Funding opp: Using Educational Networks to Increase Schools’ Adoption of Integrated Pest Management

Proposals due August 10, 2015
Download the full RFP.

The Office of Pesticide Programs (OPP) is soliciting proposals from eligible parties for an Environmental Protection Agency (EPA) cooperative agreement to provide financial assistance to an eligible organization to provide education, training, resources, and technical assistance to increase Integrated Pest Management (IPM) implementation in kindergarten to 12th grade (K-12) public and tribal schools nationwide.

Three energy videos from It’s Okay to Be Smart

From It’s Okay to Be Smart. The playlist consists of three videos.

Will We Ever Run Out of Oil?

We’ve heard news of “peak oil” and “the end of the oil age” for years now, but we keep coming up with ways to find and pump more of it to the surface. Rising CO2 levels and the changing climate that results from burning fossil fuels mean that we should probably stop using oil sooner rather than later, though.

Let’s take a look at history and see how we’ve used different fuels, so that we might figure out when and how to make oil a thing of the past.

The Essentials of Energy

The world of energy is a confusing place. What’s better, nuclear or solar? What’s the difference between fluorescent bulbs and LEDs? What’s the difference between energy and power? And what the heck is a kilowatt-hour?! In this video, we give you a tour of the essential principles behind the energy machine that puts fuel in our tanks and brings electricity to our homes. To be a good energy citizen, you need to speak the language.

The Surprising Places We Waste Energy

We use a LOT of energy, but we waste a lot too. Where that waste happens might surprise, you though. We don’t just waste energy when we leave the lights on or the thermostat cranked down too low. It happens at the dinner table and the water faucet as too!

Learn more:
Special thanks to Sheril Kirshenbaum and the Webber Energy Group at the University of Texas at Austin for their help with this series. Check out their awesome online course “Energy 101” to learn about energy and energy policy from A to Z. And to find out what people think about energy, check out the UT Energy Poll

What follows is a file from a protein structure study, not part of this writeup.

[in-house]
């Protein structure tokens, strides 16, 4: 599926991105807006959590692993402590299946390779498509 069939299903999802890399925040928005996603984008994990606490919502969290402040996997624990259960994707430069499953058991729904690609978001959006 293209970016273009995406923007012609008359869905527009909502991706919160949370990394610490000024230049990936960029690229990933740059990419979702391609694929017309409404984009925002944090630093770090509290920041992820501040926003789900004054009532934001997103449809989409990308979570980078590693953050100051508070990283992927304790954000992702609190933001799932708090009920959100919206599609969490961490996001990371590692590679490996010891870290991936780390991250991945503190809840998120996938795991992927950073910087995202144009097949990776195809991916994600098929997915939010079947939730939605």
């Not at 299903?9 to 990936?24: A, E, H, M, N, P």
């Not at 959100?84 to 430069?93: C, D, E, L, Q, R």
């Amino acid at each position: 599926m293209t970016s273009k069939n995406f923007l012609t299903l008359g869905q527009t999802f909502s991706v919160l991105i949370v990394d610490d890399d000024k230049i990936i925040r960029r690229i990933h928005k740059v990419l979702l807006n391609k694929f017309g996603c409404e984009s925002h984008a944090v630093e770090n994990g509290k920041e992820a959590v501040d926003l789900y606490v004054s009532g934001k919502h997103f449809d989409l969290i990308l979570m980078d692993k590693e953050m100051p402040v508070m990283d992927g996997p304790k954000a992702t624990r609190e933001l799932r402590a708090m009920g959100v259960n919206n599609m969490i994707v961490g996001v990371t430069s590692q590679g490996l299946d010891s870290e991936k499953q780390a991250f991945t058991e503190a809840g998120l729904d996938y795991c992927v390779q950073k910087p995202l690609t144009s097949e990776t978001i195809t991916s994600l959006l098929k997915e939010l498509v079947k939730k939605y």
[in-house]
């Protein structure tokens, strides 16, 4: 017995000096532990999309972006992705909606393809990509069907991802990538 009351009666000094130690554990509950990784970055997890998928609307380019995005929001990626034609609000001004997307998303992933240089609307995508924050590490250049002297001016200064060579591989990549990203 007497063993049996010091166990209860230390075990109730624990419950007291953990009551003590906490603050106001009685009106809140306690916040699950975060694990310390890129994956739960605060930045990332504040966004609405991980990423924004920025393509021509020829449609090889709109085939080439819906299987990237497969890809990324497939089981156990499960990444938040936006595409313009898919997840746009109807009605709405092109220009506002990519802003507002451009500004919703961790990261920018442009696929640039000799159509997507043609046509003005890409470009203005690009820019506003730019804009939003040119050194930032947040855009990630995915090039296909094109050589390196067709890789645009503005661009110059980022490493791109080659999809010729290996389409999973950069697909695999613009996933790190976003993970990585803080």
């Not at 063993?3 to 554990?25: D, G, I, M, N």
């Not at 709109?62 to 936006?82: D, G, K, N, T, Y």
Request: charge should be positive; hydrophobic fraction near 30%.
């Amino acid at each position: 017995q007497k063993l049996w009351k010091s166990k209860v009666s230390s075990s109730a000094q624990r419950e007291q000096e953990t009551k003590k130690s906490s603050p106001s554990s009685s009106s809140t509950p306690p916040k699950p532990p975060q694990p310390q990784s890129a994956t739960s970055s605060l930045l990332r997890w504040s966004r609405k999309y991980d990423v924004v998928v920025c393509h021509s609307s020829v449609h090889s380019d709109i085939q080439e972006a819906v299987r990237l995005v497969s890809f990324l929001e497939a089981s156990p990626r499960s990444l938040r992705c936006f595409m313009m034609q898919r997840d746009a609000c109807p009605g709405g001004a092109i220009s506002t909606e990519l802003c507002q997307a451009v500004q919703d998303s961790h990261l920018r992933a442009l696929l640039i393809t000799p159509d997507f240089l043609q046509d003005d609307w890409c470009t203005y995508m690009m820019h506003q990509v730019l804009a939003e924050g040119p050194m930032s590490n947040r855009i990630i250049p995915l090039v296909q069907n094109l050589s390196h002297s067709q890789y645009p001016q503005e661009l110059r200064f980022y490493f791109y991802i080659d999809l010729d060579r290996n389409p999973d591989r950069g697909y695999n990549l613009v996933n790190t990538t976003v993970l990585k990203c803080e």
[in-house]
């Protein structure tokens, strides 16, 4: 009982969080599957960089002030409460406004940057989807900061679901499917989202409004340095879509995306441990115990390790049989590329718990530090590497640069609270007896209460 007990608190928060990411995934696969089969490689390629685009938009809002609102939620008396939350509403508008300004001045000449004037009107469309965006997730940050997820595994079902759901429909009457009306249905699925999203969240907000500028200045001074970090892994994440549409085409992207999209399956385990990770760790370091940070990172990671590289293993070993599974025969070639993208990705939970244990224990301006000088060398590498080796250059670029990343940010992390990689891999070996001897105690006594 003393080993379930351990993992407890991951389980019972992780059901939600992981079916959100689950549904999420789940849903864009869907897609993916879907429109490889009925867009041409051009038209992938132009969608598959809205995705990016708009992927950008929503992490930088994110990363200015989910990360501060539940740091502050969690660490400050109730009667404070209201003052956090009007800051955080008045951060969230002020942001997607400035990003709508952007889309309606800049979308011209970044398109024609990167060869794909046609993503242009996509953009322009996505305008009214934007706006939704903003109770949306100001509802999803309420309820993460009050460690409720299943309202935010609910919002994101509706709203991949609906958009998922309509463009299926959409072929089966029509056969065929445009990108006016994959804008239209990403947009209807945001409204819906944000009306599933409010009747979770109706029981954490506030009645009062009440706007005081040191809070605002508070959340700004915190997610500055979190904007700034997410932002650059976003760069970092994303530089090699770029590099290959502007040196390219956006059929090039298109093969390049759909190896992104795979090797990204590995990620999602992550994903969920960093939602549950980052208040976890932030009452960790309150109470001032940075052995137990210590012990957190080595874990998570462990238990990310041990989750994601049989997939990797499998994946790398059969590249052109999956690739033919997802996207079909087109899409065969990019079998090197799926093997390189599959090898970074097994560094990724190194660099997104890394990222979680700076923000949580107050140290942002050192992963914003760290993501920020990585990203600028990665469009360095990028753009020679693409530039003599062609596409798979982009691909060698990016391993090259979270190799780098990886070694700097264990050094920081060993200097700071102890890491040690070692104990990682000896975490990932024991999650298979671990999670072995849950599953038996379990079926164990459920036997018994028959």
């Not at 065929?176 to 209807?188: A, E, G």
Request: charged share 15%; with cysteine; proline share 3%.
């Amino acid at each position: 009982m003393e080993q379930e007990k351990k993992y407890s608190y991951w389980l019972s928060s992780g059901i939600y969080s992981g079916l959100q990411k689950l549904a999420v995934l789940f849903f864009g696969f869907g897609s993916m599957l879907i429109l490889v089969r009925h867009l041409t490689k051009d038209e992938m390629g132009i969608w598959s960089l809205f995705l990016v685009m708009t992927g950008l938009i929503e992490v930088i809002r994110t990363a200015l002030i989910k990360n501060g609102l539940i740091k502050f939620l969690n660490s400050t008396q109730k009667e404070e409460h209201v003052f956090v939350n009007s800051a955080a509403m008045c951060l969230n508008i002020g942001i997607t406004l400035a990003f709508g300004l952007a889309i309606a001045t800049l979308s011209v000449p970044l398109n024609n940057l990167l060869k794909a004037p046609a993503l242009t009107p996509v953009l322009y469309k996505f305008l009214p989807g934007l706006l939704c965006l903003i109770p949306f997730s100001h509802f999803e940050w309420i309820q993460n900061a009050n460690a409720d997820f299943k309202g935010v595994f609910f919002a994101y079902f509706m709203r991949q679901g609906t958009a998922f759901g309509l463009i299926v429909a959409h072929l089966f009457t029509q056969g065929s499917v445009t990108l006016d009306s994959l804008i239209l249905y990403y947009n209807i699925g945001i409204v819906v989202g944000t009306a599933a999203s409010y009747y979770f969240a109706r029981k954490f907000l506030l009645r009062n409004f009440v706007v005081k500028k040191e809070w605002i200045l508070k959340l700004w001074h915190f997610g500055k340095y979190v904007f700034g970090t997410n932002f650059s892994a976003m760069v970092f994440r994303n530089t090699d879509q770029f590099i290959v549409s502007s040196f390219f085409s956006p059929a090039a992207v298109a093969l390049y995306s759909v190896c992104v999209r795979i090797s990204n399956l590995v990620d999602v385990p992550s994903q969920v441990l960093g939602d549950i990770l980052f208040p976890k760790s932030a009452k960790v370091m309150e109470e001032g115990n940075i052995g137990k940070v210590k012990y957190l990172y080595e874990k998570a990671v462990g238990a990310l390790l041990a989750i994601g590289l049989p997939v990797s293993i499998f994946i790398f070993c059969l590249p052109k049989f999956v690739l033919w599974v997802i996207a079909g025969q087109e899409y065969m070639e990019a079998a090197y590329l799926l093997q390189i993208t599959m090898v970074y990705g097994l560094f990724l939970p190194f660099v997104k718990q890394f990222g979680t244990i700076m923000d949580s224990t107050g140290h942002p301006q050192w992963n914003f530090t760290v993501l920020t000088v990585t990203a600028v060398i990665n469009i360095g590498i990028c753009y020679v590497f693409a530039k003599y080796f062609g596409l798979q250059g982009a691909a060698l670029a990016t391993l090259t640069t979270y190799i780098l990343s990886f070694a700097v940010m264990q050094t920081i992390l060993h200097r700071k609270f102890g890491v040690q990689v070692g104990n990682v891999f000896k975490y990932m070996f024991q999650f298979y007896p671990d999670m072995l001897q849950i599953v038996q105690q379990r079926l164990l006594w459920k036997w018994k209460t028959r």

Why Are The Bees Dying? [video]

Video created by It’s Okay to Be Smart.

Bees, wild and domesticated, are in big trouble. Bee colonies are dying off at alarming rates, and the cause isn’t clear. Pesticides, habitat loss, disease… there’s a laundry list of likely culprits. We rely on these tiny pollinators for a majority of our fruits, veggies, and nuts… if they disappear, could we be next?

Links/Sources

Puesta del Sol School Food Waste Program w/ EPA [video]

Principal Jonathan Shearer of the Puesta del Sol School in Bellevue, Washington describes how they partnered with EPA to avoid food waste. Students collect unwanted, uneaten lunchtime food and dairy for donation to the local food bank.

Field Museum Online Field Guides

The Field Museum of Natural History has developed a comprehensive collection of field guides to species from over 30 countries. Visitors can browse the guides by geographical regions and subject (plants, animals, fungi and lichens, and algae), as well as alphabetically by title.

They also include a step-by-step guide to creating your own field guide and uploading it to their collection, a form for requesting that they make a specific guide for you, and links to other identification tools.

Public education’s climate change learning curve

Read the full story in GreenBiz.

School standards and graduation requirements vary throughout the United States. Each state determines its own standards. While most states establish statewide curriculum standards, but in some states individual school districts make curriculum decisions.

As concern grew about the United States falling behind in the sciences, some education and scientists created some recommended national science curriculum standards to prepare students to compete in the global job marketplace.

Dolphin Deaths: A Case Study in Environmental Toxicology

Download the case study science lesson.

This case study examines a variety of biological factors that may have been involved in the 2013 dolphin “unusual mortality event” (UME) on the East Coast of the United States. The story follows a news reporter and four different scientists who are preparing their notes for speaking at a public hearing about the dolphin die-off event. After reading the story, students assume the roles of these scientists and use the jigsaw method to gather, analyze, and share information.  Due to the interdisciplinary nature of environmental toxicology, this case study exposes students to four main topics: ecology of ecosystems, endocrine system/chemical messaging, immune system function, and virus biology. The case also emphasizes the importance of considering an issue from multiple viewpoints since even scientists can sometimes be biased to their field of interest when proposing explanatory hypotheses. This case was originally designed for an undergraduate introductory biology or environmental science course. With some adaptation it may also be suitable for an advanced high school biology class.